Equities staggered by the end of Wednesday’s session in Canada’s busiest marketplace, as weakness in gold and other metals more than offset advances in energy,

The TSX faltered 58.24 points to end Wednesday at 16,889.82.

The Canadian dollar gained 0.13 cents to 76.43 cents U.S.

Gold stocks were the worst off of the bunch, with Equinox Gold plummeted 59 cents, or 4.3%, to $13.14, while Kirkland Gold staggered $2.38, or 4.3%, to $53.57.

In materials, Silvercrest Metals docked $1.08, or 8.2%, to $12.05, while Wheaton Precious Metals slumped $3.29, or 5.7%, to $54.85.

Among consumer staples, Jamieson Wellness doffed $1.62, or 4.5%, to $34.78, while Metro sank $1.59, or 2.6%, $60.00

Energy tried to balance things out, with Vermilion Energy tacking on 17 cents, or 3.8%, to $4.65, while Whitecap Resources added 11 cents, or 3.4%, to $3.33.

Financials marched on, led by Laurentian Bank, ahead $1.23, or 4.1%, to $31.01, while CI Financial acquired 37 cents, or 2.2%, to $17.20.

In the tech sector, BlackBerry ascended 19 cents, or 2.7%, to $7.14, while Lightspeed POS were $1.49, or 2.7%, to the good, at $56.22.

On the economic slate, Statistics Canada reported the consumer price index – rose 0.7% on a year-over-year basis in October, up from a 0.5% increase in September. The agency added that, on a seasonally-adjusted monthly basis, the CPI rose 0.3% in October, following a 0.1% increase in September.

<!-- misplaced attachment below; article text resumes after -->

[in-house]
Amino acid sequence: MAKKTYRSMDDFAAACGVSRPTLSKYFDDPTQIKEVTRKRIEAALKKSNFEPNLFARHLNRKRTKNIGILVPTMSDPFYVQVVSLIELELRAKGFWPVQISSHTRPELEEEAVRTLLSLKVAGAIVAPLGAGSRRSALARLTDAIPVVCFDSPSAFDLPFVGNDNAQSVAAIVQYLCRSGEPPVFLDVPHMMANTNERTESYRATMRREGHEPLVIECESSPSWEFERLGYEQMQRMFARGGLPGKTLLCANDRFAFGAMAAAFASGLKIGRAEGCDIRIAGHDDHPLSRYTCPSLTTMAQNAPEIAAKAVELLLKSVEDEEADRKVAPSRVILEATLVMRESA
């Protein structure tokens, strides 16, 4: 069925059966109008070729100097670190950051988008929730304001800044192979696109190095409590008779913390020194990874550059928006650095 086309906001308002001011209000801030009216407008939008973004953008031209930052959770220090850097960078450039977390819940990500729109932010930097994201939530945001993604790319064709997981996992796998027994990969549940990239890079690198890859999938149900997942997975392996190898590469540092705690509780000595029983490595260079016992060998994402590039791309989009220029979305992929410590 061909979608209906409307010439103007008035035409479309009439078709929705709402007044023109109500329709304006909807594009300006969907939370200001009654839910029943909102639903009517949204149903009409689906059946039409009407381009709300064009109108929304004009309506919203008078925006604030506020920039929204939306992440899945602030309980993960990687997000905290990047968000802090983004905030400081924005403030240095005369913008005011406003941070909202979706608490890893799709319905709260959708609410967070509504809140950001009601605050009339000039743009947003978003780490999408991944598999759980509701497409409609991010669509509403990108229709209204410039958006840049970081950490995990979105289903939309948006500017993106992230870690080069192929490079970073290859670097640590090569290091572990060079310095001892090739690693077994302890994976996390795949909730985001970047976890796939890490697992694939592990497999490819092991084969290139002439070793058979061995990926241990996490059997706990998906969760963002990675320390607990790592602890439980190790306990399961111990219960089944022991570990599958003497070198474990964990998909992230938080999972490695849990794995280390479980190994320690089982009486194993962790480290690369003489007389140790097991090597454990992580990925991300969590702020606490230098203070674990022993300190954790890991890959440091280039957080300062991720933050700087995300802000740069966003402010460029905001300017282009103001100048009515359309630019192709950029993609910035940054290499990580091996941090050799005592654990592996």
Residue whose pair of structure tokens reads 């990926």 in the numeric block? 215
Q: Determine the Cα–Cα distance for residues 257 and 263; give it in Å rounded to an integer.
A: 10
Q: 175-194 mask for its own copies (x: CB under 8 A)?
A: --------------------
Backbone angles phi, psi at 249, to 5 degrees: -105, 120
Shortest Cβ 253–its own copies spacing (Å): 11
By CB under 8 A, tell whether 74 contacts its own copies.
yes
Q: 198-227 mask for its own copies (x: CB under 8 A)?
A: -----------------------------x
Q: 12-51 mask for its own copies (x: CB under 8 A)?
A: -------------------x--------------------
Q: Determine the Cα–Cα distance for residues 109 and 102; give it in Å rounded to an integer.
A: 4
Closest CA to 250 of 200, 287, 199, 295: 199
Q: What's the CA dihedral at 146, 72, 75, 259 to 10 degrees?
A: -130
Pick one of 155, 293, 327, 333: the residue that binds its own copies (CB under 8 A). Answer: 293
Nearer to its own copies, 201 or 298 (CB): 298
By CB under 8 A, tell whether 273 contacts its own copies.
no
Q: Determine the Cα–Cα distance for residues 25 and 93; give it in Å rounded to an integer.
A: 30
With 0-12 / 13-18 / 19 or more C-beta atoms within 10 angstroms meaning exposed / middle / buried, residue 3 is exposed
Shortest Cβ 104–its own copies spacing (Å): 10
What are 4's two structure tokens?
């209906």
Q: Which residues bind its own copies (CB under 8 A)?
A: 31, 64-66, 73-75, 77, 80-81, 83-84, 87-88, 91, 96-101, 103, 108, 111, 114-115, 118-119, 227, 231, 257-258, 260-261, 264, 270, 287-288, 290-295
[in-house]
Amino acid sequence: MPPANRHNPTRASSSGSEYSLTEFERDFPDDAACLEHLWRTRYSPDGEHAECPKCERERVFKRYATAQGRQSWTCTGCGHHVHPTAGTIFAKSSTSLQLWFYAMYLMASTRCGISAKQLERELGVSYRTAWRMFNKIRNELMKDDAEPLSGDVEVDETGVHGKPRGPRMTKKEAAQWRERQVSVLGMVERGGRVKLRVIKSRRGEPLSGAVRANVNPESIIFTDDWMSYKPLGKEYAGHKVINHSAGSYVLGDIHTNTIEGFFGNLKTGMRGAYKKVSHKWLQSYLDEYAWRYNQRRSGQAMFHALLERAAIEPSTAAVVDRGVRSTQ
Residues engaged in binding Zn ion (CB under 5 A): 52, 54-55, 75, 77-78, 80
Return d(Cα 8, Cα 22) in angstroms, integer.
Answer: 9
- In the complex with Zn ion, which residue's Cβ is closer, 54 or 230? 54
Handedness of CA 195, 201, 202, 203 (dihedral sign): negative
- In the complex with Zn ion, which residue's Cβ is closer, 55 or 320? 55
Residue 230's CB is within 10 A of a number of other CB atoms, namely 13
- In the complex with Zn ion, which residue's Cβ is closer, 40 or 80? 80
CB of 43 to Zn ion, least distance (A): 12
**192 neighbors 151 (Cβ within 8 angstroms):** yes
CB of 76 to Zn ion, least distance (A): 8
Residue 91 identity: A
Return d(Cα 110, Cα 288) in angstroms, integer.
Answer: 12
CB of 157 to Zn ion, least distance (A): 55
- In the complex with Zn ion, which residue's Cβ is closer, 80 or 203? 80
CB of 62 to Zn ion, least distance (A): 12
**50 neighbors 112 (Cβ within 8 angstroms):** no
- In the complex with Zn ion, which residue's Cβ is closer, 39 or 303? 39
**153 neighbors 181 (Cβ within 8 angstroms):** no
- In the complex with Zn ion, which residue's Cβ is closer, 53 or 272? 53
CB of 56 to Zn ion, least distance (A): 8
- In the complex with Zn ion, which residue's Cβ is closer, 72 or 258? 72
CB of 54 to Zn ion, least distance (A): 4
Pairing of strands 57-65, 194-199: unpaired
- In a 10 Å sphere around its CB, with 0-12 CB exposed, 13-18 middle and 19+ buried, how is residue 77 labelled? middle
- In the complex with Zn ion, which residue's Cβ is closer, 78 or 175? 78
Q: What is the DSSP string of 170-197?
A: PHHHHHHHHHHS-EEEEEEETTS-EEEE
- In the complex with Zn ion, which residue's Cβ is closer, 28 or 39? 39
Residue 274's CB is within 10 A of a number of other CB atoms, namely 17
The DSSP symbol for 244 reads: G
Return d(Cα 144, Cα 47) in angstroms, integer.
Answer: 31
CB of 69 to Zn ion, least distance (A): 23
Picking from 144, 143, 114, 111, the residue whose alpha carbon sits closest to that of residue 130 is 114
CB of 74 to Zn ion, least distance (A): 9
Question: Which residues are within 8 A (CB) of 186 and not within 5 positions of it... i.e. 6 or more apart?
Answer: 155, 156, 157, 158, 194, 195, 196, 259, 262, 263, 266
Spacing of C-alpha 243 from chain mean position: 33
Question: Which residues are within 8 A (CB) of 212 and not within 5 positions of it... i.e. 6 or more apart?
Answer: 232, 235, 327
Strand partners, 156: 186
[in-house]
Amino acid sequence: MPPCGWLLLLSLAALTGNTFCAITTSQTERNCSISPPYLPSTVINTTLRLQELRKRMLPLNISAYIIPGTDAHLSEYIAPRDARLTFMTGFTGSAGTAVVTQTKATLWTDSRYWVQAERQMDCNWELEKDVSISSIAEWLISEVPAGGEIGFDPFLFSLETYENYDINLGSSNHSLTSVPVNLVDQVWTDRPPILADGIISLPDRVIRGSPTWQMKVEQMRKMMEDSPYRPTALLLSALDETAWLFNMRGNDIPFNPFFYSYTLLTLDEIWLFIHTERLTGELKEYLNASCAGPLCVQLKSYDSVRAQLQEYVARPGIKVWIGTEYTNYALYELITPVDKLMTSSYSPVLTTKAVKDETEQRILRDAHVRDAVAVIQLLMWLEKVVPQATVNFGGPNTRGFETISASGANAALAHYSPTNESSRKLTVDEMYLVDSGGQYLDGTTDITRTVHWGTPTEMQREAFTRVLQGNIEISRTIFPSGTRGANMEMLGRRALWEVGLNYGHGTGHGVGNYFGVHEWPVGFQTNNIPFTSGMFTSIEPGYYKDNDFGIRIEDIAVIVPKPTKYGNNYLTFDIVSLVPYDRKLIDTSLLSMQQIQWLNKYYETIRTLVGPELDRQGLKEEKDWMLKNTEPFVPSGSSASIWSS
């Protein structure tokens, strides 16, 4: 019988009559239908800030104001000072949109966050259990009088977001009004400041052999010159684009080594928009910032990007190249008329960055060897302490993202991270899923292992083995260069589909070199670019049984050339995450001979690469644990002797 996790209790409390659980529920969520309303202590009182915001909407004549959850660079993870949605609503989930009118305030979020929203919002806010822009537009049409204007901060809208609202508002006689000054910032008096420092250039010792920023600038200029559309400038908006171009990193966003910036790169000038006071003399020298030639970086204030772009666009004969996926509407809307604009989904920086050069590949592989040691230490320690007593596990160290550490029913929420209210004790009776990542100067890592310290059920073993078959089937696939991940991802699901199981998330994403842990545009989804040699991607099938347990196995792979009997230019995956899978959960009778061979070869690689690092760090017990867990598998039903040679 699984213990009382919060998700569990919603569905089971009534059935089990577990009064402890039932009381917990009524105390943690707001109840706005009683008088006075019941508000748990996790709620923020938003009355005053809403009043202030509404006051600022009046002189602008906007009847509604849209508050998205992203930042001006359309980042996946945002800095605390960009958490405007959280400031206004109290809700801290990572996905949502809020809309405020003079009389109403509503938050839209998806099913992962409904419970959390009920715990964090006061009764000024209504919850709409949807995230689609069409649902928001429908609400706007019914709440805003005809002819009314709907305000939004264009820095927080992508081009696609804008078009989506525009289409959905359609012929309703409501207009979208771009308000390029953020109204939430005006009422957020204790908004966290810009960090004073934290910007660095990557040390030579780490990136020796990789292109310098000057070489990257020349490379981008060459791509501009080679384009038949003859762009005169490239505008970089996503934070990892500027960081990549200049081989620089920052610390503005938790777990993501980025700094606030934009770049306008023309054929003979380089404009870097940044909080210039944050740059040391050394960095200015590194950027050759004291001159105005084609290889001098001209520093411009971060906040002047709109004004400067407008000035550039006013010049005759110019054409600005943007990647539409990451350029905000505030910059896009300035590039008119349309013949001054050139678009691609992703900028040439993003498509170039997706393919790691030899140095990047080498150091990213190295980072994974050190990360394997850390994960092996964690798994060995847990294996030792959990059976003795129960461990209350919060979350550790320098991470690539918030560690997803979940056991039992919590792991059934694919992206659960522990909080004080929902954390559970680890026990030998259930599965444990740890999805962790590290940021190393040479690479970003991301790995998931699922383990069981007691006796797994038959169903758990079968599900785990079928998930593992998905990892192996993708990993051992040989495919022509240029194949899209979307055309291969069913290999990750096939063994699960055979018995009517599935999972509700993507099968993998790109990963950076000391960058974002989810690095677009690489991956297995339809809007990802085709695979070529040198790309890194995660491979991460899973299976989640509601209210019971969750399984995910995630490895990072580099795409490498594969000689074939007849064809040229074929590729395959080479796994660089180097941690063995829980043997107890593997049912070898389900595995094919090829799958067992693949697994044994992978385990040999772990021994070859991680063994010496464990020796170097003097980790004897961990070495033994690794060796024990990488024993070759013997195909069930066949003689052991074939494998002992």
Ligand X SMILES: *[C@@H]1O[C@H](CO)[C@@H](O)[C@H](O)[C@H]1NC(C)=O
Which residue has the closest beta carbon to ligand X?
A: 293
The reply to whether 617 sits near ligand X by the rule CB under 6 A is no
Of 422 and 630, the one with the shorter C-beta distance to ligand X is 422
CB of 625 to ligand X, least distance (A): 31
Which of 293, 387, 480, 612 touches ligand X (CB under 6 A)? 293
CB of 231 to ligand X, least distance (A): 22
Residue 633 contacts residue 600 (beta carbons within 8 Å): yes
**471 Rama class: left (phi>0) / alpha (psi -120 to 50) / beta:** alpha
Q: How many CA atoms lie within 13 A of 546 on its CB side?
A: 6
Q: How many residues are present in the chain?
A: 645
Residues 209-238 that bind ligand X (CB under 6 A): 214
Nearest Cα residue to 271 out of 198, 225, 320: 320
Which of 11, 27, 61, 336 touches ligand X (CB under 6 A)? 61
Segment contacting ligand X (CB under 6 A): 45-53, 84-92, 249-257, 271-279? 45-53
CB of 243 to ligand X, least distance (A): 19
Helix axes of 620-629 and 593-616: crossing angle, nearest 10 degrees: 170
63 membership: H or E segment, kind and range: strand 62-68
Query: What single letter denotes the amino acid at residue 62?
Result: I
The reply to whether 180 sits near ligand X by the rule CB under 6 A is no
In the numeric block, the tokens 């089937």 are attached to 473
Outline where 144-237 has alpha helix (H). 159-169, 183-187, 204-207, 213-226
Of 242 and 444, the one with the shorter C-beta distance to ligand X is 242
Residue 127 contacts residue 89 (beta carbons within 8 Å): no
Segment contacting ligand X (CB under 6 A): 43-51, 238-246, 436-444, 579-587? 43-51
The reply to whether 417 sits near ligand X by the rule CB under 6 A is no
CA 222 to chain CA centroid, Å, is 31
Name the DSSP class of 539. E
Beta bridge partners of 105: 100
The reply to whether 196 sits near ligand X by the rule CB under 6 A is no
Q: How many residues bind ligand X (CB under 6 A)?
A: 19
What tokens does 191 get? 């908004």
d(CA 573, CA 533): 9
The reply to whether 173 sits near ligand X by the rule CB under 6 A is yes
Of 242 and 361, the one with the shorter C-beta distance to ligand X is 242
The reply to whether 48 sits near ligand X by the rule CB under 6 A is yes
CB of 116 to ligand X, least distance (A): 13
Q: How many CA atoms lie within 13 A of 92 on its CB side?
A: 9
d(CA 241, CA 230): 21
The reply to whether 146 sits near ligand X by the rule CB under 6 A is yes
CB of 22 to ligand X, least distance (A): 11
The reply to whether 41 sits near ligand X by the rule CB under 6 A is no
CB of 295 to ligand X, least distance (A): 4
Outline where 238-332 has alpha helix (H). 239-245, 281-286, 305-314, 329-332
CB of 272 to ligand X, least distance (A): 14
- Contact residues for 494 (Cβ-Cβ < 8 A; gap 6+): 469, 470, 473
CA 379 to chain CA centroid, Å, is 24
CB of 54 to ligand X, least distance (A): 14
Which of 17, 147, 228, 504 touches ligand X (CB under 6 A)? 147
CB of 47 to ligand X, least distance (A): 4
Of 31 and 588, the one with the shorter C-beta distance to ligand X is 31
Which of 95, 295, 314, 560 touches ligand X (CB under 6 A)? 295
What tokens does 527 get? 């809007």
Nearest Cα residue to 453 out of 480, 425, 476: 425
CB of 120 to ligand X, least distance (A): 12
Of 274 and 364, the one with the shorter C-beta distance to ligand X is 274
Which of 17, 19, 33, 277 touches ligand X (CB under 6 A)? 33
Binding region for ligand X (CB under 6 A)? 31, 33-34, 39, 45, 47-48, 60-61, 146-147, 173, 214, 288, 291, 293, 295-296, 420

The TSX Venture Exchange tumbled 11.85 points, or 1.6%, to 726.38.

Eight of the 12 TSX subgroups were in the red by the close, as gold plunged 3.7%, materials lost 2.7%, and consumer staples weakened 1.8%.

The four gainers were led by energy and financials, up 0.8% each, while information technology picked up 0.6%.


U.S. stocks closed sharply lower Wednesday, weighed down by fresh signs of COVID-19’s ability to disrupt the economy.

The Dow Jones Industrial Average dropped 344.93 points, or 1.2%, to 29,438.42.

The S&P 500 dumped 41.74 points, or 1.2%, to 3,567.79.

The NASDAQ flopped 97.74 points to 11,801.60.

New York City Mayor Bill de Blasio said mid-afternoon that schools would close starting Thursday as the city’s coronavirus cases breached a key threshold.

Still, some investors are looking past what’s likely to be an increasingly grim winter: shares of airline companies like Delta Air Lines Inc. and United Airlines Holding were among the day’s biggest winners.

Pfizer released the final data on its vaccine candidate with BioNTech, which turned out even better than the initial data. The companies said the vaccine was 95% effective in preventing Covid-19 and fended off severe infection in the trial, adding that it plans to submit an application for emergency use authorization “within days.”

Stocks are having a strong month on the back of positive developments about Covid-19 vaccines. The Dow is up more than 12% and the S&P 500 is up more than 10% in November. The NASDAQ is up more than 9%, lagging as investors ditch technology shares for cyclical plays.

Prices for the 10-Year Treasury were unchanged, keeping yields at Tuesday’s 0.87%.

Oil prices dipped 19 cents to $41.63 U.S. a barrel.

Gold prices lost $2.90 to $1,871.00

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